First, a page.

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    The myth of the 'jerkwater town'

    Seattle was already a modernizing city before its Century 21 fair.
    This promo for Seattle's 1962 World's Fair envisioned a red Space Needle.

    This promo for Seattle's 1962 World's Fair envisioned a red Space Needle.

    In 1962, The Seattle Times published a series of articles and cartoons about the city in the year 2000. In one of them, Seattle is portrayed as a dense, sprawling megalopolis of monorails, freeways, heliports, spacecraft dealers, and high rises. A small human figure in the foreground turns to another and says, "I remember back when this was just a little jerkwater town of a half-a-million!"

    Many of us can wax nostalgic for that "jerkwater town," the city of Ivar, J.P. Patches, and the Gold Cup hydroplane races. But while bits of old Seattle still persist in neighborhood enclaves and at the Stan Sayres pits in the Brigadoon-days of summer when Seafair appears, that Seattle is almost as stuffed and stored away as the city's iconic 1950s and '60s-era celebrity, Bobo the gorilla. And while that Seattle was, and is, real to a point, it has never been the whole story.

    Proof of that was the world's fair itself. That it happened was something of a civic miracle; that it was successful was truly shocking, especially in retrospect. Most of the American fairs that followed in the quarter century after were disappointments. They either lost money, failed to boost image, left little real urban legacy, or were tinged with scandal, or all of the above (see New Orleans '84).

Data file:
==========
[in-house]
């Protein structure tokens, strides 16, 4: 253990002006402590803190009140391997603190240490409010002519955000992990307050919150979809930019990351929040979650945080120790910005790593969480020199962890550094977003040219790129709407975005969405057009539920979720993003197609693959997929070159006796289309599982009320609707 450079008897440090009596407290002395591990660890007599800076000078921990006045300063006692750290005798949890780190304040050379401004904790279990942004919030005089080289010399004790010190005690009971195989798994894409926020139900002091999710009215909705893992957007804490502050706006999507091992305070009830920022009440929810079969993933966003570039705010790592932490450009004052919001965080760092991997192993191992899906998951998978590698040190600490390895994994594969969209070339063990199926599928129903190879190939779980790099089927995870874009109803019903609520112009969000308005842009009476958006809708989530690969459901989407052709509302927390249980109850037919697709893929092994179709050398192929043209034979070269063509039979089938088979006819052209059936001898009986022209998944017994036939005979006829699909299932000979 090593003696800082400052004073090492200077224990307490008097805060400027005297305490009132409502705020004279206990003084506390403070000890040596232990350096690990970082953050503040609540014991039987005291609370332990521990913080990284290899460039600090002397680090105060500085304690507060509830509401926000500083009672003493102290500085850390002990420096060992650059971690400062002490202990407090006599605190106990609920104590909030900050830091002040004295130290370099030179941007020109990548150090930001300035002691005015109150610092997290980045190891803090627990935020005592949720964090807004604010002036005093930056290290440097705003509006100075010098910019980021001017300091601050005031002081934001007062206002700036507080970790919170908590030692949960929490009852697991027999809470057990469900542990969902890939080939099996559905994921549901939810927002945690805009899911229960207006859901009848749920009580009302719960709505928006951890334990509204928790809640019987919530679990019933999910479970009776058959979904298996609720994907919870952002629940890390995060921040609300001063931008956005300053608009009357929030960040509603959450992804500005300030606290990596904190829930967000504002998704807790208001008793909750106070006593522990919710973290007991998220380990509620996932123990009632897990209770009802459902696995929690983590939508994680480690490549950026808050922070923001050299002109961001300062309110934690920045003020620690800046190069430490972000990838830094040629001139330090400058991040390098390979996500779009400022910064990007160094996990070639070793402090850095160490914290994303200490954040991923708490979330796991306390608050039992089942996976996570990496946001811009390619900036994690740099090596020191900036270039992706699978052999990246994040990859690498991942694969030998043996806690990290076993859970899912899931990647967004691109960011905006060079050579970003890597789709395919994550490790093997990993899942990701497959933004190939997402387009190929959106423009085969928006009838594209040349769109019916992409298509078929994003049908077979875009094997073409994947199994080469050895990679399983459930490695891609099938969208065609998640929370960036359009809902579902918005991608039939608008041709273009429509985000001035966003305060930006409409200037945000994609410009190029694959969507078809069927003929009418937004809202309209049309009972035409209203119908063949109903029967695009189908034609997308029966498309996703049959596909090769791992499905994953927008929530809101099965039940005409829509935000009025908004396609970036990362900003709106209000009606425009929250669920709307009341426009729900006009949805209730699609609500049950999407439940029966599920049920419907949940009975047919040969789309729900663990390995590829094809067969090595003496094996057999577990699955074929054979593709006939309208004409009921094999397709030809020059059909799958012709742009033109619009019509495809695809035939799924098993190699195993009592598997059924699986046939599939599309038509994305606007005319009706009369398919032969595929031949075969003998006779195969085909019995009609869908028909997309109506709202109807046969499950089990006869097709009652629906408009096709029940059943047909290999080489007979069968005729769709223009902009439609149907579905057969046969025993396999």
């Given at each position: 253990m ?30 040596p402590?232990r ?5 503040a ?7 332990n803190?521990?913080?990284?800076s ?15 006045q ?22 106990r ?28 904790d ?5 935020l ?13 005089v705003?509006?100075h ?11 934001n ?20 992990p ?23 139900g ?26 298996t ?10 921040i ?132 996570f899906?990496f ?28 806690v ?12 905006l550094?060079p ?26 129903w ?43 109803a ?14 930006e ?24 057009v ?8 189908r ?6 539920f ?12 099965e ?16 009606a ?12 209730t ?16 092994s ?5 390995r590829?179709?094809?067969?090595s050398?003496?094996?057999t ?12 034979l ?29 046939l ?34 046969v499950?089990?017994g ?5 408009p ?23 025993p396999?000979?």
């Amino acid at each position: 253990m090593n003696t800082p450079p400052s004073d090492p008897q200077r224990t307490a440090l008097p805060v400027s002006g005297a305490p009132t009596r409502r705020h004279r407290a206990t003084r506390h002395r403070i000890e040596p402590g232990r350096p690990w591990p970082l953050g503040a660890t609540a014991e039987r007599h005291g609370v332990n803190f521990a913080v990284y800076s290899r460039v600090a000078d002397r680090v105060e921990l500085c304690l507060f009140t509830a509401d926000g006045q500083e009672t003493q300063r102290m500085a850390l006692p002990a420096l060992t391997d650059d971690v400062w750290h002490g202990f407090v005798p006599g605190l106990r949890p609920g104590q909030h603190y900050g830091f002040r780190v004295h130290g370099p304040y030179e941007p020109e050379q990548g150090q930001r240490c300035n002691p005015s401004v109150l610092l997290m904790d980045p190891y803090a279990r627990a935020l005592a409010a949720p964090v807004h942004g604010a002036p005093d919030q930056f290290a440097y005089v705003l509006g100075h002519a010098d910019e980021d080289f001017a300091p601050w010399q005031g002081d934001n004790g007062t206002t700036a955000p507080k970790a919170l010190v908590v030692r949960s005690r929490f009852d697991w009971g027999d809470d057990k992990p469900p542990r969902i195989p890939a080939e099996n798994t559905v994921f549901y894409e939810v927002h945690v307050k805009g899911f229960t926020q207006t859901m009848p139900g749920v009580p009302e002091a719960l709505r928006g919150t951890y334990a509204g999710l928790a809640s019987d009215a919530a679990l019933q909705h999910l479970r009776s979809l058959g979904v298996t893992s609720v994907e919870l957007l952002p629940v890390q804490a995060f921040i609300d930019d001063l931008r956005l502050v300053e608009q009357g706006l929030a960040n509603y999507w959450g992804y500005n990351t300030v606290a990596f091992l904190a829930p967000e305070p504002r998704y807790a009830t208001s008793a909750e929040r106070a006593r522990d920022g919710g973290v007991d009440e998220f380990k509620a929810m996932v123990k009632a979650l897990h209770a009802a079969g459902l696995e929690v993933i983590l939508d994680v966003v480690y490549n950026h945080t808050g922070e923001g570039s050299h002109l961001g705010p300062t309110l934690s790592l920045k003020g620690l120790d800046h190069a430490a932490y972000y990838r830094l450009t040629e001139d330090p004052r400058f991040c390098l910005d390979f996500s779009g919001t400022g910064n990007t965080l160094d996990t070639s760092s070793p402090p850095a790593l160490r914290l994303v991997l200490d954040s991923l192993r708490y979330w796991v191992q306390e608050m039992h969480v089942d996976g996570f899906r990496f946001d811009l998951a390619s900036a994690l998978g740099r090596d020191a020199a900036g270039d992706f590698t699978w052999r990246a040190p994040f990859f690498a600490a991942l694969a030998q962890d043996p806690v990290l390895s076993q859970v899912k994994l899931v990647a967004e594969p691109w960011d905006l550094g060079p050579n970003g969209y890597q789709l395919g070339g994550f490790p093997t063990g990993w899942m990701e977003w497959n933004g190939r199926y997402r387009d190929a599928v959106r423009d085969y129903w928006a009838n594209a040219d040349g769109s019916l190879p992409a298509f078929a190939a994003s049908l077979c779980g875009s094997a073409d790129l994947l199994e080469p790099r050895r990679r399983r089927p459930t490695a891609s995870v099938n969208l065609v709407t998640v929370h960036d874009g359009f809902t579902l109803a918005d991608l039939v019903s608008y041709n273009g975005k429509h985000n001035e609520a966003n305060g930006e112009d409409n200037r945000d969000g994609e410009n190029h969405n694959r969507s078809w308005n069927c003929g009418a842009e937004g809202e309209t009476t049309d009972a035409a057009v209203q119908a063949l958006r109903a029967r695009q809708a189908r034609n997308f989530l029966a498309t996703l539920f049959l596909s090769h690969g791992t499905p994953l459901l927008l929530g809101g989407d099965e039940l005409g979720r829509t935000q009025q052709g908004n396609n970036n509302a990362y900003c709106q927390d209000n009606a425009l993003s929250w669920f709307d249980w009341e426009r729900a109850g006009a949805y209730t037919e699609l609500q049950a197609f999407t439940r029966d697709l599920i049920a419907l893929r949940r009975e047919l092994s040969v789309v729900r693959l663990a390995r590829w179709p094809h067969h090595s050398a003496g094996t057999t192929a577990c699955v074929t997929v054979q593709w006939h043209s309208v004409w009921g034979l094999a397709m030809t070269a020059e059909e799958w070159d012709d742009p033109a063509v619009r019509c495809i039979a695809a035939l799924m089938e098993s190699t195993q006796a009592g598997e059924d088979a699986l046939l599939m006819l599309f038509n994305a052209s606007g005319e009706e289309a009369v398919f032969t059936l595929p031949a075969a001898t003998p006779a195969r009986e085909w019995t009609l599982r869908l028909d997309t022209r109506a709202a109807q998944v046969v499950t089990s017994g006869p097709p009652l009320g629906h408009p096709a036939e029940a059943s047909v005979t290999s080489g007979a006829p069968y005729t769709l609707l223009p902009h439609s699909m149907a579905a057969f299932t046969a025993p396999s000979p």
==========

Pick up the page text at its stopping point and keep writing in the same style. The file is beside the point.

It's interesting that arguably three of the most successful post-WWII fairs in North America were in the Pacific Northwest in successive decades (Seattle '62, Spokane '74, and Vancouver '86). They occurred in relatively young, emerging Cascadian cities that were able to achieve a kind of civic unity around the fair's purpose: setting their cities up for the next generation of development. Seattle's produced Seattle Center, Vancouver's stimulated an urban development boom, and Spokane's was an environmental restoration project that renewed the landmark Spokane River and Falls and also set up the city for a post-railroad yard future.

    Still, a truly "jerkwater" town is unlikely to have ever hosted a fair in the first place. And while the fair is a key touchstone, or a turning point, in the city's history, Seattle before the fair had a lot going for it beyond civic moxie.